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JOHNSON: Really, there are going to be no litmus test. You're going to appoint good people, and you're going appoint people that look at the Constitution of original intent.
WELD: Well, I don't think you have to panic and say it has to be a way lefty or way righty. Steve Breyer has been a good justice. He was appointed by Democrats.
GILLESPIE: A Massachusetts guy, right?
WELD: A Massachusetts guy. Merrick Garland, I think, would have been a very good pick, and he's nominated by Obama. Everyone sort of agrees on that. It's just the two party hysteria that says, "Just as you can have far-right congressmen in the Republican Party and far-left congressmen, congresswomen in the Democratic Party, therefore the same is true for the Supreme Court." The opposite is the case. You want people who are tranquil of mind and can analyze the issues and come to a conclusion that makes sense, rooted in the jurisprudence of our country going back hundreds of years.
GILLESPIE: You mentioned far-right and far-left people in Congress. Who are current members of the Senate and the House that you think you can work with? Because if you guys come in, obviously you're not going to have a libertarian Congress.
JOHNSON: I think there is a real opportunity to, not naming names, but just–
GILLESPIE: Name names! Name names.
WELD: Rob Portman, obviously. Kelly Ayotte. Susan Collins, the best of all. Mark Kirk on the Republican side. A guy, he's a challenger, Russ Feingold in Wisconsin. Not saying I'm endorsing him, but he's obviously a person of substantial ability.
GILLESPIE: So these– But, you've named people like Collins. But most Republicans and, even I think, most libertarians would say Susan Collins is terrible. She votes for more spending. She is not great on the Second Amendment. She's a wishy-washy, kind of country club conservative. You disagree, though?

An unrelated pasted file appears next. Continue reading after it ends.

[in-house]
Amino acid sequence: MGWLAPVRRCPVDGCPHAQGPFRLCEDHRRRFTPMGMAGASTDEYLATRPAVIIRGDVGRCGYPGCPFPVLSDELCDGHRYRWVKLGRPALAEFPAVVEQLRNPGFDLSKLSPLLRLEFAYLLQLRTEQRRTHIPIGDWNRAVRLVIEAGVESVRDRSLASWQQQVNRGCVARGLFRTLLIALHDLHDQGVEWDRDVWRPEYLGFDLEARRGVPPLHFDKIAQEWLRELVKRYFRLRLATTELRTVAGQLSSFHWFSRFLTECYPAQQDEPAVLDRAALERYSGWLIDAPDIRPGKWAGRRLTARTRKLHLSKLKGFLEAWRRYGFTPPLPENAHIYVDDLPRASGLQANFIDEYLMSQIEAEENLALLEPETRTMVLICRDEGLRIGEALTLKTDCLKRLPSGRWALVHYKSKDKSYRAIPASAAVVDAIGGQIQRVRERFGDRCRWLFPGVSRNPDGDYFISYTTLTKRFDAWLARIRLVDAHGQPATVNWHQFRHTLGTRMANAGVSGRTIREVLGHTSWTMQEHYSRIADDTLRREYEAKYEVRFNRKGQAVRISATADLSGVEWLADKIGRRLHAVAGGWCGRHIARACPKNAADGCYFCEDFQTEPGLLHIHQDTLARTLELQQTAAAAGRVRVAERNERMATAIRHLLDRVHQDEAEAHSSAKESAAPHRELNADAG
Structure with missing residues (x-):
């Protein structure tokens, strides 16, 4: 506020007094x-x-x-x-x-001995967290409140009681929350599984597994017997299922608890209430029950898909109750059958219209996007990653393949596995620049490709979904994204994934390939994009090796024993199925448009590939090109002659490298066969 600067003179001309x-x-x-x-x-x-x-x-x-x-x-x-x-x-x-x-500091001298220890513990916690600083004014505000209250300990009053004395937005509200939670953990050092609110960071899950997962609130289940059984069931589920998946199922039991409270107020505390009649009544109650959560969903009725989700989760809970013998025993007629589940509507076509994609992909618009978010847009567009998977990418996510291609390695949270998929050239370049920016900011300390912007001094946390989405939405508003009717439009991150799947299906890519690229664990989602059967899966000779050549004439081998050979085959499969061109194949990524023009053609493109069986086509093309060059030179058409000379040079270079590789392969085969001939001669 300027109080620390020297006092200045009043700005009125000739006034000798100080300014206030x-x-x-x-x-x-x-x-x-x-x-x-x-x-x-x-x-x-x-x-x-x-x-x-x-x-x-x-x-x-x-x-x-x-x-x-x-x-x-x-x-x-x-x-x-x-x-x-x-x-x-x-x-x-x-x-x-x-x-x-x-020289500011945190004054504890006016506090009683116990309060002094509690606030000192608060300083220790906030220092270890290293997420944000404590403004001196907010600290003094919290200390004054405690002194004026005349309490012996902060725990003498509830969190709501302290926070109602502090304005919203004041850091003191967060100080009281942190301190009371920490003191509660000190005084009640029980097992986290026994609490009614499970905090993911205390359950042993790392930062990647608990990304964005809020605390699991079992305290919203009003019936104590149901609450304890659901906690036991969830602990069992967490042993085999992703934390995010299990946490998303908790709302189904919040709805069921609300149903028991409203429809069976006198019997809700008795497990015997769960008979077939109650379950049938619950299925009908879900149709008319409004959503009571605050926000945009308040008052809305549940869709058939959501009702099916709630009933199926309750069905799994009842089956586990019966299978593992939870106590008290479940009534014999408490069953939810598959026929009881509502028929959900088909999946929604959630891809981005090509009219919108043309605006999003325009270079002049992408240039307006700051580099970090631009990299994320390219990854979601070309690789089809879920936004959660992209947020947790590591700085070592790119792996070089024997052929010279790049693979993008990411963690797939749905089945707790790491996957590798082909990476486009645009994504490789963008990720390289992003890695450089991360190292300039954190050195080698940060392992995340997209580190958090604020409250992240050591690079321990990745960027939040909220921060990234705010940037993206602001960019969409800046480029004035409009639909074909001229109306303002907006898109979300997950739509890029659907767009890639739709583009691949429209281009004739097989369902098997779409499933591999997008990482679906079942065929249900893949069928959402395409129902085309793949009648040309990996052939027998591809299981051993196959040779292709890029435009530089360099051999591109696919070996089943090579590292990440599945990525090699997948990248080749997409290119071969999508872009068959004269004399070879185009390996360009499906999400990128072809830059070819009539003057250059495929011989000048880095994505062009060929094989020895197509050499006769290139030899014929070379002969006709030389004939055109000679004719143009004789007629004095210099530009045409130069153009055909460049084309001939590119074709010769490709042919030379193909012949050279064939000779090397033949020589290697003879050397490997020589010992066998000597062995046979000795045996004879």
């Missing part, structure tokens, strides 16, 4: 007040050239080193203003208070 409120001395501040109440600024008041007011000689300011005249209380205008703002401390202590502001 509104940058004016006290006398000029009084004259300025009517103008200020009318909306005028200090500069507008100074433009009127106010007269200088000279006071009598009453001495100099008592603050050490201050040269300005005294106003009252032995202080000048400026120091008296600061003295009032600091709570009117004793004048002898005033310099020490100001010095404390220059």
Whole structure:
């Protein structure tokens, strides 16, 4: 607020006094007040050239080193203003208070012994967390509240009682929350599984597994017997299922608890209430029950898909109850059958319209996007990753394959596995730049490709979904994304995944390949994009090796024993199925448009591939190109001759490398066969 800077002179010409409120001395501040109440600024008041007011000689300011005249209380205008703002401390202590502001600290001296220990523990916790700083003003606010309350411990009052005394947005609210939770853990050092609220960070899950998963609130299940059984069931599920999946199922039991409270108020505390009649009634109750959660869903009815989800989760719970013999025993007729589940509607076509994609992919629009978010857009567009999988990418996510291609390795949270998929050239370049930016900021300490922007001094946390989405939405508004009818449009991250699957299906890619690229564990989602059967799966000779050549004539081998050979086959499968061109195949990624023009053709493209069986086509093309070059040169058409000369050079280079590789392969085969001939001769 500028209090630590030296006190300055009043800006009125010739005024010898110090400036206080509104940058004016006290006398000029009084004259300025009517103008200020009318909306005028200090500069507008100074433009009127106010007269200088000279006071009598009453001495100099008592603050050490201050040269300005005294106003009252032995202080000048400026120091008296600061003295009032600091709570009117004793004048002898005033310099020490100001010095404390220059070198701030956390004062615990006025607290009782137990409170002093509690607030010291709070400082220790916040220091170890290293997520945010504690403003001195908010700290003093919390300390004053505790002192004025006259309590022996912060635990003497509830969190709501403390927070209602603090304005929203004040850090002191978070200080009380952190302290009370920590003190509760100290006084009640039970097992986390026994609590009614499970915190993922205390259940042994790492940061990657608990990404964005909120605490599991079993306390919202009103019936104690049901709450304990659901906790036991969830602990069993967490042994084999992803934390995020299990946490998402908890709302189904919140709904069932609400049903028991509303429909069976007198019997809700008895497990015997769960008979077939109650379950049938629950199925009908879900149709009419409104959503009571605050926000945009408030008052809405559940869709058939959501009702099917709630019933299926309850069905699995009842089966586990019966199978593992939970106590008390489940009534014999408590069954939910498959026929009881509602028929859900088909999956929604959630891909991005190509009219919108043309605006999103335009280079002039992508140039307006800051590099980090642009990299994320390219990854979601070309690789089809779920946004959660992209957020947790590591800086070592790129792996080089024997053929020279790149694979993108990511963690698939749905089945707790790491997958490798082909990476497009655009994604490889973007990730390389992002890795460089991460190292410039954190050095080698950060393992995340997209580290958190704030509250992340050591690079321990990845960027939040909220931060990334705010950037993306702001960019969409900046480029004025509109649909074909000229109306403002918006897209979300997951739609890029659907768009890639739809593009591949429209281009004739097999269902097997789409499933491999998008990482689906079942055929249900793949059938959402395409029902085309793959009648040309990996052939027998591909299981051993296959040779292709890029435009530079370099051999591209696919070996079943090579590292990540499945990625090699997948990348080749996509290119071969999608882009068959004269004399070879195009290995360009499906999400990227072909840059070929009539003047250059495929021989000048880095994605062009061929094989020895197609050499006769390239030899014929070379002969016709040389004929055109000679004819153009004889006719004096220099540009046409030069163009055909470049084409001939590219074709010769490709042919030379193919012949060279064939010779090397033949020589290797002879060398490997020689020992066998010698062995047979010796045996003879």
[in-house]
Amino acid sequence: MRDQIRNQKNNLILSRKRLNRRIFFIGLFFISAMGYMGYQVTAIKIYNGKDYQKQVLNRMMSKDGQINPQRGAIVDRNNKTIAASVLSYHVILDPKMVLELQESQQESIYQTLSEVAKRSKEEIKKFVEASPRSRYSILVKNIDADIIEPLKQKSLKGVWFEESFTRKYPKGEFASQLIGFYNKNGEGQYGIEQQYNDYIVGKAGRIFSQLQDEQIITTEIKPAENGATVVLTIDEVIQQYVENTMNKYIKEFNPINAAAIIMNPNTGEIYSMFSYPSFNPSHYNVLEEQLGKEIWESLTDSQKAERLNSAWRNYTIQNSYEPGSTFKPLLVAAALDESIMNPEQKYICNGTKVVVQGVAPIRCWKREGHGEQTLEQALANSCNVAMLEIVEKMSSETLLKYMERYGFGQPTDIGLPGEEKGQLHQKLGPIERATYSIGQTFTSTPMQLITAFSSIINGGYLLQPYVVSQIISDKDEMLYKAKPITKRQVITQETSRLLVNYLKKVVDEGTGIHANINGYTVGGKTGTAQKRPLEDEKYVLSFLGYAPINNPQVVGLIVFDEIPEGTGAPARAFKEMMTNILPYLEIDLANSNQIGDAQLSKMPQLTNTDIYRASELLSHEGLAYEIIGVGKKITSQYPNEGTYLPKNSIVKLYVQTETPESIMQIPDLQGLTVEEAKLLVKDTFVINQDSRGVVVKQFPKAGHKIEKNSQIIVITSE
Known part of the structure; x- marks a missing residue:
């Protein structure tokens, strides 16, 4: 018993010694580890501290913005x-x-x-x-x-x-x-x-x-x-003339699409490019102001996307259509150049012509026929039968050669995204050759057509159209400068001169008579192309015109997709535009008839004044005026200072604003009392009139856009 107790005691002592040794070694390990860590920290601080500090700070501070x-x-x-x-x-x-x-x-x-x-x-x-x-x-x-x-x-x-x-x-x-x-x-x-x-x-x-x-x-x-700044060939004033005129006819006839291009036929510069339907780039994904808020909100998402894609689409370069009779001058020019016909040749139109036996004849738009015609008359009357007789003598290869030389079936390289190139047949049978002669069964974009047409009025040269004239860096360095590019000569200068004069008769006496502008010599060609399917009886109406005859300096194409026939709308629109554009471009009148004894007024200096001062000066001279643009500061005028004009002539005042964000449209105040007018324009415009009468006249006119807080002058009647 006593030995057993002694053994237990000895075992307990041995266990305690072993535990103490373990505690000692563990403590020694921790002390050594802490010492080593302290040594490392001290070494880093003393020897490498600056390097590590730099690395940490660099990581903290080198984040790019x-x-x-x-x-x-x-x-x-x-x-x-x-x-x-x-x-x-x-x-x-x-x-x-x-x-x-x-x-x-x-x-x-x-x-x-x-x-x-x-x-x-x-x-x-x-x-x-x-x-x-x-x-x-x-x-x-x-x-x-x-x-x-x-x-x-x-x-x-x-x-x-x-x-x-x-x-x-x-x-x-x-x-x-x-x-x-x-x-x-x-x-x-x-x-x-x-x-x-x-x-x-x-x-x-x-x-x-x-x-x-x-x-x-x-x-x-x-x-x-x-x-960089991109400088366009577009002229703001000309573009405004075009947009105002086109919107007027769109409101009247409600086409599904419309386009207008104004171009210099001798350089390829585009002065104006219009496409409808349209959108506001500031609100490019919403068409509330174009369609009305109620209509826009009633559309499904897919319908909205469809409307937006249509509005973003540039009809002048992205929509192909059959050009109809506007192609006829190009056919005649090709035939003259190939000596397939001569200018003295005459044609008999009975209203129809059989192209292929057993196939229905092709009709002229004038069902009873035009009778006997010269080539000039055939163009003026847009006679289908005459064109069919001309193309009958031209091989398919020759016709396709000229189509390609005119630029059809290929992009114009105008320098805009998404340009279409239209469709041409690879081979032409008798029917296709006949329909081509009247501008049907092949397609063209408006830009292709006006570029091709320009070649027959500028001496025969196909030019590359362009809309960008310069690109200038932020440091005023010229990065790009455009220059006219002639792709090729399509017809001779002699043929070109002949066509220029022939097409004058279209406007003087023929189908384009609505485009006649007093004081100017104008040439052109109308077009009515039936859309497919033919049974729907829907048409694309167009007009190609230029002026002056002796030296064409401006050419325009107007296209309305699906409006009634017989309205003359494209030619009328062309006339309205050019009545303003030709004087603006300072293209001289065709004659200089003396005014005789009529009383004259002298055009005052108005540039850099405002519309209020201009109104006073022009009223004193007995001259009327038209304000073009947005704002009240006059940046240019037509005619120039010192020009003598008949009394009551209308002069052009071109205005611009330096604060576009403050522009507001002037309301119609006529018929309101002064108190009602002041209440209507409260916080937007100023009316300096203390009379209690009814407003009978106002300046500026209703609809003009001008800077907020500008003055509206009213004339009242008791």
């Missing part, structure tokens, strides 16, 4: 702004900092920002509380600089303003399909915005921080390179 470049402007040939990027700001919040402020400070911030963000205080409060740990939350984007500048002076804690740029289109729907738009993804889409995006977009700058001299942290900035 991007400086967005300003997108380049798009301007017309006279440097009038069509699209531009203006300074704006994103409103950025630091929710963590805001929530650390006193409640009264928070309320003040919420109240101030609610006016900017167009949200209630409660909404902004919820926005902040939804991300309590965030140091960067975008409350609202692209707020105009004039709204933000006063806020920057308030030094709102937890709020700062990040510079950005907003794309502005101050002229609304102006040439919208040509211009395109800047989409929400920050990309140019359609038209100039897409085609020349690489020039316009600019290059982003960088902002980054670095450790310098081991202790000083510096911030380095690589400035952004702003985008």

WELD: Yeah, I do.
JOHNSON: I'm going to say they challenge Republicans to be good at what they are supposed to be good at, which is dollars and cents, and they are not good at that at all because they pick and choose. They want to cut from Planned Parenthood, but they want to increase the military budget. Well gee, that just doesn't work. And then Democrats, look, come on! Let's stop dropping bombs. Let's really take a hard look at our military policy. Let's get Congress involved and a declaration of war and how we move forward. And mandatory sending, ending the Drug War. Come on! This is a huge issue–
GILLESPIE: These are the things that Democrats should be–
JOHNSON: They should be good at that they're not good at either! Come on!
WELD: Let's talk about Washington if we win, if we get in there. I think it will almost be a relief for members of Congress to have us not being tendentious, not coming in saying, "This is how it's got to be." We will hire the best of the Democratic Party, the best of the Republican Party, the best of the Libertarian Party and the best of all of those unaffiliated with any party. I almost think that would be appreciated by Congress so they won't have to think, "What's my party say I'm supposed to do?" They'll be able to think, "What should I do?" That would be a big change.
JOHNSON: And I'll just tweak that a little bit. Republicans, Democrats with a libertarian bent.
GILLESPIE: So, make the best pitch to Democrats who are going to vote for Hillary Clinton, but, you know– Trump and Hillary Clinton, as you mentioned, historically high disapproval ratings. Nobody likes them, even in their own parties. What is the pitch to Democrats: "Don't vote for Hillary, vote for Johnson and Weld?"
JOHNSON: The whole honesty and integrity and telling the truth. I think we've had careers based on telling the truth, and when you tell the truth, that's admitting mistakes, also. Make plenty of mistakes but–
GILLESPIE: But Hillary does not tell the truth.